I’m always dreaming of music, so I keep a recording device nearby so I don’t lose anything when I wake,” Ronald Roybal tells SFR. “Sometimes it takes years to figure out on my instruments what I -actually dreamed of.”

After 22 years performing at the Hotel Santa Fe and with a new album titled High Plateau in hand, Roybal is looking back over his career.
Originally from San Luis, Colorado, Roybal’s roots are very much sewn into the American Southwest.
“San Luis isn’t that far away from Taos, as a matter of fact,” he says. “My mother’s family are descended from the Spanish colonizers over 400 years ago, and my father’s family, of the Tewa Pueblo, were there to meet them.”
As for Roybal himself, he studied anthropology and psychology at the University of Southern Colorado and graduated in 1980, but it wasn’t until his 30th birthday, when a friend introduced him to the classical guitar, that he had his great epiphany. Roybal began teaching himself classical, flamenco and rock guitar.
“Guitar to me is like a puzzle,” he says. “It calls upon the musician to look at the fretboard intelligently.”
By the time he moved to Santa Fe in 1997, Roybal had learned the Native American flute, released a couple albums and become a best selling independent artist for outlets like Barnes and Noble—plus nominations at the first-ever Native American Music Awards for Best Instrumental Album and Best Flute Player.
Wanting to be closer to his Spanish and Native heritage led him to settle in Santa Fe permanently, but when it came to the -performance circuit, Roybal hit the ground running, picked up his -signature Friday night gig at Hotel -Santa Fe and became a staple in similar rooms at the Rosewood Inn of the Anasazi and La Posada from 1999 until 2008. The ’08 housing crisis drastically cut down his gigs, but, he says, “For a solid 12 or 13 years, I was pulling 300 shows a year. I’ve never even needed to tour.”
Looking to the present, Roybal says his new album carries multiple meanings and is not only a testament to the high desert he calls home, but a declaration of his more than three decades of experience.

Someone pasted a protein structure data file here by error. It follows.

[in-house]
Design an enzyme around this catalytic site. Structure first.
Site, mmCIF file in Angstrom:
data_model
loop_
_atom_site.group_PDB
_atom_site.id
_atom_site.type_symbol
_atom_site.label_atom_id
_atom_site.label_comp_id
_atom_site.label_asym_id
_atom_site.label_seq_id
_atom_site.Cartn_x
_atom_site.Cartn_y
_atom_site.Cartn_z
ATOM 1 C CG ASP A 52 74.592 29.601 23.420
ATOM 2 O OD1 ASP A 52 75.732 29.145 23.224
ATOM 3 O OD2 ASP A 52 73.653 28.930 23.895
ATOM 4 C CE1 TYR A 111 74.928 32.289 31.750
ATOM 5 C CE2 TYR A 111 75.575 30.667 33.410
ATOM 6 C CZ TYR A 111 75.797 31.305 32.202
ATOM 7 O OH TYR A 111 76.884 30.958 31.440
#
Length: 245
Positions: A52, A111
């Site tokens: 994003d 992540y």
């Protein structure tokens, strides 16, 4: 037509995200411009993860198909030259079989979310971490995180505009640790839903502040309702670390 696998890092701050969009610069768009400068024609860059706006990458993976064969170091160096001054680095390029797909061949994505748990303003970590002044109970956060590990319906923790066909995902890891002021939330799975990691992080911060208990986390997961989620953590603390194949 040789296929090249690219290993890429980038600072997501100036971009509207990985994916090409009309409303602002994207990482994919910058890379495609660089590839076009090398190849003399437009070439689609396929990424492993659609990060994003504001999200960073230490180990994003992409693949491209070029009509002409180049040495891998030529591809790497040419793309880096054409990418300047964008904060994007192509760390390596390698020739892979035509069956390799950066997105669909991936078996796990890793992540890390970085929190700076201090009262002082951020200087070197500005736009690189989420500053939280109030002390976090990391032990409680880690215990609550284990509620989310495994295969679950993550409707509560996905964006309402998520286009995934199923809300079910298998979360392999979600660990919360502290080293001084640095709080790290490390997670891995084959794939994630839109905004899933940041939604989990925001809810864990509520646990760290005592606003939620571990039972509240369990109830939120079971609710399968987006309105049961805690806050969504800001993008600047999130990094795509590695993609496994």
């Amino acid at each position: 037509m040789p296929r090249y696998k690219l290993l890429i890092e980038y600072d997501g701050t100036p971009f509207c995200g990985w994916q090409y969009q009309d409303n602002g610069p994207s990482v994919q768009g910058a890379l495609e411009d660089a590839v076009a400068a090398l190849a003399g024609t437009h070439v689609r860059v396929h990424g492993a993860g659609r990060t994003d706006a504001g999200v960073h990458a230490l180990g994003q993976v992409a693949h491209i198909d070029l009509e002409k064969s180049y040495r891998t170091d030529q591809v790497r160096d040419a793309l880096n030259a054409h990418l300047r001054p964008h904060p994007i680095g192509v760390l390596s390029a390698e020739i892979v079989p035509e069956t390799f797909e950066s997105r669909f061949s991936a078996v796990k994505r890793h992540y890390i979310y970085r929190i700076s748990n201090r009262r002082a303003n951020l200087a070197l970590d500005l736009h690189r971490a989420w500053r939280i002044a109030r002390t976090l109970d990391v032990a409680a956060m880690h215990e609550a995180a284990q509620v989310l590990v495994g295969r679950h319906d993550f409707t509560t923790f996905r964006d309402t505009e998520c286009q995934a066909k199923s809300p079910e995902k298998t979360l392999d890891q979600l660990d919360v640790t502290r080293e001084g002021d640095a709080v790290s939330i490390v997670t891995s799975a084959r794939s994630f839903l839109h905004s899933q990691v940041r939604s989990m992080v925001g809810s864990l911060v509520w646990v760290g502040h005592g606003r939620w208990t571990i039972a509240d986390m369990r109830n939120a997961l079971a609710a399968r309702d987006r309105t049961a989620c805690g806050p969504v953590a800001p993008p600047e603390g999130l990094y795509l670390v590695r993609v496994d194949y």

“This is a culmination of the -later half of my life as a musician,” he explains.
So he didn’t pull any punches. High -Plateau took three years to complete with Roybal handling the bulk of writing and arranging duties. There are special contributions, like from Santa Fe guitarist Ruben Romero, who Roybal says is a longtime musical influence.
“I had recordings of Ruben and I jamming together, which were well over 20 years old,” Roybal tells SFR. “Thankfully I had them saved on a digital medium and incorporated them pretty seamlessly.”
Roybal’s solo songs, however, wound up more complicated than ever. Some of the compositions required him to step up his proficiency on -instruments like the piano.
“Some of the songs are more complicated than what I’m able to play at the time, so it takes a lot of practice,” he says. “The piano accompaniments took me months of mastery alone.”
As such, Roybal considers the album a career high, but says he’s not sure how much longer he’ll write and -perform. Age, he says, plays a factor, and a diagnosis of trigeminal neuralgia—a neurological disease that can result in mixed -messages between the face and brain and sometimes cause extreme pain—has slowed his flute playing. All the same, he has no regrets.
“I get paid to load my gear into my car, transport it, and unload it at the performance space,” Roybal says. “I don’t get paid to play. That’s strictly for the love.”

Ronald Roybal:
7 pm Friday Nov. 29. Free.
Hotel Santa Fe,
1501 Paseo de Peralta,